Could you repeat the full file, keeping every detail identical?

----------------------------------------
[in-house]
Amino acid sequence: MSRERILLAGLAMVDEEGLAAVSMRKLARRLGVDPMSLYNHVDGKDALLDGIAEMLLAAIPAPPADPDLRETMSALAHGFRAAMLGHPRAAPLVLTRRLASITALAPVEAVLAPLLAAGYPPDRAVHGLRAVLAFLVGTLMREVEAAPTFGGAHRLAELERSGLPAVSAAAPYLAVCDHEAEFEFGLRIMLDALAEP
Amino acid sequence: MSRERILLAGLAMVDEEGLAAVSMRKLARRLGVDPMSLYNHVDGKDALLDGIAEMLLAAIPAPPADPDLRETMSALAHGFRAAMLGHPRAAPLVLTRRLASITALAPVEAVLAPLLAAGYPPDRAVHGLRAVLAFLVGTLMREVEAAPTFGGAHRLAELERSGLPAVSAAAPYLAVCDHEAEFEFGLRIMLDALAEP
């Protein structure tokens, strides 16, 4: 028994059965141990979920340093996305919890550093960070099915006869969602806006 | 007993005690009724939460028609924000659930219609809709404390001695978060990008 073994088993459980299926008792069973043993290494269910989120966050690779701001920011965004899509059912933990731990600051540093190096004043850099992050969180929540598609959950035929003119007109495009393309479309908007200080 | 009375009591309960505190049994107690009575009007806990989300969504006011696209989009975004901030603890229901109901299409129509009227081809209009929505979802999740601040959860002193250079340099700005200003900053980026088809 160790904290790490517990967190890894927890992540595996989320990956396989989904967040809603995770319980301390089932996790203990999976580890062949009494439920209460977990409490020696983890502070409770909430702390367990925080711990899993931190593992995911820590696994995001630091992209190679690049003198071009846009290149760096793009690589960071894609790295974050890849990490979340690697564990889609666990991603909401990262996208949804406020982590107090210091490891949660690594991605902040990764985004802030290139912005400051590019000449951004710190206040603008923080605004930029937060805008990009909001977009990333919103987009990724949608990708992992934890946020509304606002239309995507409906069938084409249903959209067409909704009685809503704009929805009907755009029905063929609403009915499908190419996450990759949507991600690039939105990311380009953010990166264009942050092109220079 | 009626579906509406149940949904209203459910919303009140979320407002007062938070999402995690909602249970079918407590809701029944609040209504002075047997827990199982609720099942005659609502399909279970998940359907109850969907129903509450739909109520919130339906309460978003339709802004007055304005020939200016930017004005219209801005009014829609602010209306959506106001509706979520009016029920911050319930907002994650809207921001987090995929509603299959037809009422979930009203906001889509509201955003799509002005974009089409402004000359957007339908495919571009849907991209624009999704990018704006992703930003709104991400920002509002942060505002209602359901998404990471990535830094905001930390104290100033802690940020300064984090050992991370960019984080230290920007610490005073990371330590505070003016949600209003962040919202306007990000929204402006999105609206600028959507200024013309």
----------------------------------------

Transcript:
[in-house]
Amino acid sequence: MSRERILLAGLAMVDEEGLAAVSMRKLARRLGVDPMSLYNHVDGKDALLDGIAEMLLAAIPAPPADPDLRETMSALAHGFRAAMLGHPRAAPLVLTRRLASITALAPVEAVLAPLLAAGYPPDRAVHGLRAVLAFLVGTLMREVEAAPTFGGAHRLAELERSGLPAVSAAAPYLAVCDHEAEFEFGLRIMLDALAEP
Amino acid sequence: MSRERILLAGLAMVDEEGLAAVSMRKLARRLGVDPMSLYNHVDGKDALLDGIAEMLLAAIPAPPADPDLRETMSALAHGFRAAMLGHPRAAPLVLTRRLASITALAPVEAVLAPLLAAGYPPDRAVHGLRAVLAFLVGTLMREVEAAPTFGGAHRLAELERSGLPAVSAAAPYLAVCDHEAEFEFGLRIMLDALAEP
């Protein structure tokens, strides 16, 4: 028994059965141990979920340093996305919890550093960070099915006869969602806006 | 007993005690009724939460028609924000659930219609809709404390001695978060990008 073994088993459980299926008792069973043993290494269910989120966050690779701001920011965004899509059912933990731990600051540093190096004043850099992050969180929540598609959950035929003119007109495009393309479309908007200080 | 009375009591309960505190049994107690009575009007806990989300969504006011696209989009975004901030603890229901109901299409129509009227081809209009929505979802999740601040959860002193250079340099700005200003900053980026088809 160790904290790490517990967190890894927890992540595996989320990956396989989904967040809603995770319980301390089932996790203990999976580890062949009494439920209460977990409490020696983890502070409770909430702390367990925080711990899993931190593992995911820590696994995001630091992209190679690049003198071009846009290149760096793009690589960071894609790295974050890849990490979340690697564990889609666990991603909401990262996208949804406020982590107090210091490891949660690594991605902040990764985004802030290139912005400051590019000449951004710190206040603008923080605004930029937060805008990009909001977009990333919103987009990724949608990708992992934890946020509304606002239309995507409906069938084409249903959209067409909704009685809503704009929805009907755009029905063929609403009915499908190419996450990759949507991600690039939105990311380009953010990166264009942050092109220079 | 009626579906509406149940949904209203459910919303009140979320407002007062938070999402995690909602249970079918407590809701029944609040209504002075047997827990199982609720099942005659609502399909279970998940359907109850969907129903509450739909109520919130339906309460978003339709802004007055304005020939200016930017004005219209801005009014829609602010209306959506106001509706979520009016029920911050319930907002994650809207921001987090995929509603299959037809009422979930009203906001889509509201955003799509002005974009089409402004000359957007339908495919571009849907991209624009999704990018704006992703930003709104991400920002509002942060505002209602359901998404990471990535830094905001930390104290100033802690940020300064984090050992991370960019984080230290920007610490005073990371330590505070003016949600209003962040919202306007990000929204402006999105609206600028959507200024013309």